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  1. How is it possible that the Signal Output will have the same frequencies as the Reference Signal?
    \$f_1\$, Frequency of the Reference Signal;\$f_2\$, Frequency of the VCO.
    1. Let's assume that \$f_1>f_2\$, so the phase detector will create a positive voltage \$V_1\$
    2. At this point \$V_1\$ will ensure that the VCO will increase his frequency of oscillation.
    3. At this point \$f_1=f_2\$, and this will make \$V_1=0\$, but if \$V_1=0\$, then \$f_2\$ will drop.
    4. If \$f_2\$ drops, \$f_1\$ will become again \$>f_2\$, and \$V_1\$ will be positive.

In according to this reasoning this circuit will create an oscillation, where am I wrong, (Since this circuit will create a very stable Signal Output with the same frequency of the Reference)?

  1. Why this circuit need an error in the phase for create a lock and so Phase1 must be not equal to Phase2?
  2. What will happen if \$f_2>f_1\$, will the Phase Detector create a Negative Voltage?
  • 1
    \$\begingroup\$ the error voltage is not DC .... moodle.insa-toulouse.fr/pluginfile.php/2665/mod_resource/… \$\endgroup\$
    – jsotola
    Jun 1, 2019 at 21:01
  • \$\begingroup\$ as @jsotola said, the phase detector detects phase, not frequency. Phase is a linear function of frequency difference. \$\endgroup\$ Jun 1, 2019 at 22:20
  • 1
    \$\begingroup\$ Your concern is well-founded, but is a common issue. Almost ANY feedback loop contains the seeds of oscillation - it is up to the designer to avoid it. In your case, the loop filter must be designed properly. If it is underdamped, any change in open-loop VCO characteristic may produce unstable operation, usually only temporary. \$\endgroup\$ Jun 2, 2019 at 0:14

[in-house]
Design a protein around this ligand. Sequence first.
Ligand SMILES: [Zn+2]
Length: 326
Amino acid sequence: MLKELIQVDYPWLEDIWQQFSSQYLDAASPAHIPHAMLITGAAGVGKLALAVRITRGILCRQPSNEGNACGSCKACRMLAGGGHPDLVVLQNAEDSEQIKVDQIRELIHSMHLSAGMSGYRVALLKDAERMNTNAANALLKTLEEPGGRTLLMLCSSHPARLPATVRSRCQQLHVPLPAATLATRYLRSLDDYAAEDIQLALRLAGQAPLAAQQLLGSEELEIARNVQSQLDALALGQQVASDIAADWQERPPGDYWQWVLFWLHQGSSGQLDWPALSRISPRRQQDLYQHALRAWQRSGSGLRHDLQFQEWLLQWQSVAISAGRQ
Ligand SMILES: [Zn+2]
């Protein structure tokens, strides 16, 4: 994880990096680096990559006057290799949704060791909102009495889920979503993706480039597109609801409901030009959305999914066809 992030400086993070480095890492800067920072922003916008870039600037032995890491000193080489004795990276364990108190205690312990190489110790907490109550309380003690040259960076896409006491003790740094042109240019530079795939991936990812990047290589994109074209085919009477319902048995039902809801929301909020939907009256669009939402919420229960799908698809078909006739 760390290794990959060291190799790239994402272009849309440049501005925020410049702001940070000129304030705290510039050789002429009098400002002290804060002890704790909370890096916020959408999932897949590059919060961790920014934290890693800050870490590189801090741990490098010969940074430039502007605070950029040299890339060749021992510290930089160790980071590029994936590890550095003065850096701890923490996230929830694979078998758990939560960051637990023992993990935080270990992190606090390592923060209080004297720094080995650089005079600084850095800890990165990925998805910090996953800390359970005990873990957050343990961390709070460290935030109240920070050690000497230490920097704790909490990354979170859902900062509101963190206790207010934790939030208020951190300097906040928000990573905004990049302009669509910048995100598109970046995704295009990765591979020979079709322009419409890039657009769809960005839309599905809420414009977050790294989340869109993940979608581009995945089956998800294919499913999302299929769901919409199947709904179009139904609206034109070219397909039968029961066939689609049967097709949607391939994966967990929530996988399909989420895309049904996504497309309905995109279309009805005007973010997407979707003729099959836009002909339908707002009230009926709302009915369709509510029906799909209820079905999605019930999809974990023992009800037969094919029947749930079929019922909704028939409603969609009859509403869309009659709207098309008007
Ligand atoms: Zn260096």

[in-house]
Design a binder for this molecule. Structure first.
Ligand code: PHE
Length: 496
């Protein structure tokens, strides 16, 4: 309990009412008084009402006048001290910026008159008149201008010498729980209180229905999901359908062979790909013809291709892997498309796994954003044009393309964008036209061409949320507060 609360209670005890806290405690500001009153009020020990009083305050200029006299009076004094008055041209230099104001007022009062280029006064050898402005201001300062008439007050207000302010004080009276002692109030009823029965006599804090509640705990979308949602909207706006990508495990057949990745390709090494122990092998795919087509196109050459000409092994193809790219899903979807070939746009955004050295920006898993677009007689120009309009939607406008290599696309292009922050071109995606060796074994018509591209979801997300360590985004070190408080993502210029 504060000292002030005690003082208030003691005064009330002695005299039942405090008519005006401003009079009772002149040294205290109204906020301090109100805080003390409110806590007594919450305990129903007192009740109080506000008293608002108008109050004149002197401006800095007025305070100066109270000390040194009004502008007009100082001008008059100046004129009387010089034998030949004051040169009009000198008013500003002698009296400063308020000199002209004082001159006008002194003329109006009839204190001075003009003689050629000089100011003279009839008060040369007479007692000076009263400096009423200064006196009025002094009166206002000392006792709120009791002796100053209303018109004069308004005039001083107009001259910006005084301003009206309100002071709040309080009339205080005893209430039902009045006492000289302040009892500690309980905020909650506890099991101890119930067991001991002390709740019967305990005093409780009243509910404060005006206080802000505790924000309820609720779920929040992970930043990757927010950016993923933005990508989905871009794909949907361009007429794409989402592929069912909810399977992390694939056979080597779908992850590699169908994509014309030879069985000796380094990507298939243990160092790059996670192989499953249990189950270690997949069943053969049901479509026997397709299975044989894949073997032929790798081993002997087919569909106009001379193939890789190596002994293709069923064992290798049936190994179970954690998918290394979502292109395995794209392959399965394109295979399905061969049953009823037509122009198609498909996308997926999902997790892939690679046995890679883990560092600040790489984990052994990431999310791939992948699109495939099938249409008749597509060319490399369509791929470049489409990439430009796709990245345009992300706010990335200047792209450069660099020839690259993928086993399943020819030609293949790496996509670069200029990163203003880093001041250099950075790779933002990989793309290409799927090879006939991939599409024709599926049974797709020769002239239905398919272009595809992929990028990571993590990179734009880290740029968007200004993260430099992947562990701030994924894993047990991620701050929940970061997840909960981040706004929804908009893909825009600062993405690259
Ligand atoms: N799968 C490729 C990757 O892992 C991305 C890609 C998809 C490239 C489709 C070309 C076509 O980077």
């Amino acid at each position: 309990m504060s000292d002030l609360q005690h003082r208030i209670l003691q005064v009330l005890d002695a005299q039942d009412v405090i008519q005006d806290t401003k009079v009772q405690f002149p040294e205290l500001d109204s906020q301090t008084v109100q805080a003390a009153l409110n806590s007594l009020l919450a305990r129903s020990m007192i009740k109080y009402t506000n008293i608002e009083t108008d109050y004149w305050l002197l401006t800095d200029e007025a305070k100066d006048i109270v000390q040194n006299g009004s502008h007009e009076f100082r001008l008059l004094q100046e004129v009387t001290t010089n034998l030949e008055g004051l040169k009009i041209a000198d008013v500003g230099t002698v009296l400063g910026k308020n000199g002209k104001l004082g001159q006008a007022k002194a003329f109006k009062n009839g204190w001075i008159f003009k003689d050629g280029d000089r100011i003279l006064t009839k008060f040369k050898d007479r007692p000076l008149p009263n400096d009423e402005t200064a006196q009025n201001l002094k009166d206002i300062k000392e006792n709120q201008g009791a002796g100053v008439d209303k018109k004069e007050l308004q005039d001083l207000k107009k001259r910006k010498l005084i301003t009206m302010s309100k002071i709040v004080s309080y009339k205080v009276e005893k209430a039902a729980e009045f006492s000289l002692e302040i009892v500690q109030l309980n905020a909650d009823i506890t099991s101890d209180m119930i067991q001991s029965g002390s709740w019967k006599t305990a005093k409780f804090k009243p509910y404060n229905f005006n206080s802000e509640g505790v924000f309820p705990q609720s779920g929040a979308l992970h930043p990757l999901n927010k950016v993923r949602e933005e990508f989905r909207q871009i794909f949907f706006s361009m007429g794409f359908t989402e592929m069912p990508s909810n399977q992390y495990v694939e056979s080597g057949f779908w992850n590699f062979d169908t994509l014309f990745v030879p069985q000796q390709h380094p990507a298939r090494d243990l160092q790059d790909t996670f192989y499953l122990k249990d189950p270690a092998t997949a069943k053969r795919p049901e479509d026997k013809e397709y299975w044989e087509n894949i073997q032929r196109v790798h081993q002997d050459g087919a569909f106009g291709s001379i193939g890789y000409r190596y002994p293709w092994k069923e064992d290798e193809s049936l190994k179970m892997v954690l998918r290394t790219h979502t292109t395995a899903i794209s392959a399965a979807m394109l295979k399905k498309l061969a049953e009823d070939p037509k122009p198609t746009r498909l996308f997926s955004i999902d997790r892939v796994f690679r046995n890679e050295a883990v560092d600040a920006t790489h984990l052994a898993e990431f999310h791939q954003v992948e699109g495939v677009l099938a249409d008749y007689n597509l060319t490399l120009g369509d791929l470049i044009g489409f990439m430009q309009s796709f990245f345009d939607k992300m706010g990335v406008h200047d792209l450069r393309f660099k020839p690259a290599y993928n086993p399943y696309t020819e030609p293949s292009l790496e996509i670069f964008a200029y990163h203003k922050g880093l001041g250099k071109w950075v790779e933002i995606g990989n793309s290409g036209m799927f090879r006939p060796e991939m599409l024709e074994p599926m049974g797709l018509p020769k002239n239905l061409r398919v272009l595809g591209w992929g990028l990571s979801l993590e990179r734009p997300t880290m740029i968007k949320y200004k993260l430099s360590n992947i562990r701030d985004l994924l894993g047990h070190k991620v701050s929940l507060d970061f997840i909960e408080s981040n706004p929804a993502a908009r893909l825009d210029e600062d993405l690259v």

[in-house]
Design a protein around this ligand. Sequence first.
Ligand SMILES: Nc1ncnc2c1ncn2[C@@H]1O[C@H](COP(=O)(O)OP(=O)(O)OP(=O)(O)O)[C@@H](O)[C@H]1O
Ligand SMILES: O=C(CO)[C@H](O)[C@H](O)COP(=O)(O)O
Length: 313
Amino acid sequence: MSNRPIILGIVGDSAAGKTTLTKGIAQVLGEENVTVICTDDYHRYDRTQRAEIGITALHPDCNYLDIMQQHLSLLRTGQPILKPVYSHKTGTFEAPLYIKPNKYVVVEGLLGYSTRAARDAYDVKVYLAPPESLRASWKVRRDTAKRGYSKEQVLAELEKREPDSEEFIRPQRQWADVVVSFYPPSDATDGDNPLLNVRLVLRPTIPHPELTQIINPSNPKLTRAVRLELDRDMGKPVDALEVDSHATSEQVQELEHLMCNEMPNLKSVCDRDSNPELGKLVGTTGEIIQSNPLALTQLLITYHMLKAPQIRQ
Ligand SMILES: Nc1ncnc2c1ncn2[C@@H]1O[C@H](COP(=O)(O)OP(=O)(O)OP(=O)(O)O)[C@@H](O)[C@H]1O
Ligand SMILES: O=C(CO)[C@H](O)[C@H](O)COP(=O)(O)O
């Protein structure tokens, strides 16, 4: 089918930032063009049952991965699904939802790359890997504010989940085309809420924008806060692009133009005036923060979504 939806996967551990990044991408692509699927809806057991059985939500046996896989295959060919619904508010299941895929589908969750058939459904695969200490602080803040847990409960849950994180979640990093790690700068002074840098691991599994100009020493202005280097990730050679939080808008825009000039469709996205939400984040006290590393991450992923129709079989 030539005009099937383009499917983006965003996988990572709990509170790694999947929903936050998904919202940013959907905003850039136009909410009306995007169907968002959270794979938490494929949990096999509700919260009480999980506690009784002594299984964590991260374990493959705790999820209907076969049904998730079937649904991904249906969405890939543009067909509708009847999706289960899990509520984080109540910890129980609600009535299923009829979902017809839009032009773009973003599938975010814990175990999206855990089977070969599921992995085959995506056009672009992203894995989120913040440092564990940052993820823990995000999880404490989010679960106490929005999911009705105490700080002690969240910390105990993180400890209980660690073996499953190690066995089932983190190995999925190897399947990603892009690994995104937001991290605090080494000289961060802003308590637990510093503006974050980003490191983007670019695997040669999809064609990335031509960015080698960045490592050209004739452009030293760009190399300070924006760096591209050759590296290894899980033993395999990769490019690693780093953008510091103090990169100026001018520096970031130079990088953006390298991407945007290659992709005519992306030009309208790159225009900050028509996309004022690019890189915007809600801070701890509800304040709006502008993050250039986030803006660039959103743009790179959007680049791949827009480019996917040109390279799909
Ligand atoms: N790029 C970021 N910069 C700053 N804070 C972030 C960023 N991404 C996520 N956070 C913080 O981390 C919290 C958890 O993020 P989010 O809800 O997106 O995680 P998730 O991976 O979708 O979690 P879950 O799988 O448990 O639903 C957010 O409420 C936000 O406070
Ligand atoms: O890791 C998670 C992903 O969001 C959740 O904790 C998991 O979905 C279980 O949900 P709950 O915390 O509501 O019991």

• 1
    \$\begingroup\$ Which frequency is \$f_1\$ and which is \$f_2\$? Your block diagram doesn't say which is which. Also, what's \$V_1\$? \$\endgroup\$
    – The Photon
    Jun 2, 2019 at 2:13

2 Answers 2


Simplistically, the loop filter can contain an integrating element, so that the output of the phase detector going to zero doesn't necessarily mean the control voltage of the VCO will be zero.

To make things more complex, remember that phase is the integral of frequency, so by using a phase detector rather than a frequency detector, you've already included an integrating device in your control loop. The loop filter will likely need to include both integrating and differentiating components to keep the loop stable, while also allowing the loop to react quickly to disturbances in the VCO behavior, thus minimizing phase noise of the output.


my first 'pll' was like this


simulate this circuit – Schematic created using CircuitLab

To get a lock, I had to vary the input "Fref". I then noted a varying input duty cycle would change the delays between input edges (Fref edges) and the astable-oscillator edges.

Within a few years I was deep into non -EXOR PFDs at 20MHz (for data recovery in telemetry) and 2-pole-1-zero loop filters, with variable Icharge_pump to allow adjusting the loop bandwidth as SNR and Jitter varied. Because our task was data-recovery, the timing error budgets were low nanoseconds; we used ECL in the PFD (phase frequency detector) and 2GHz diffpairs in the charge pumps --- your national defence $ at work.


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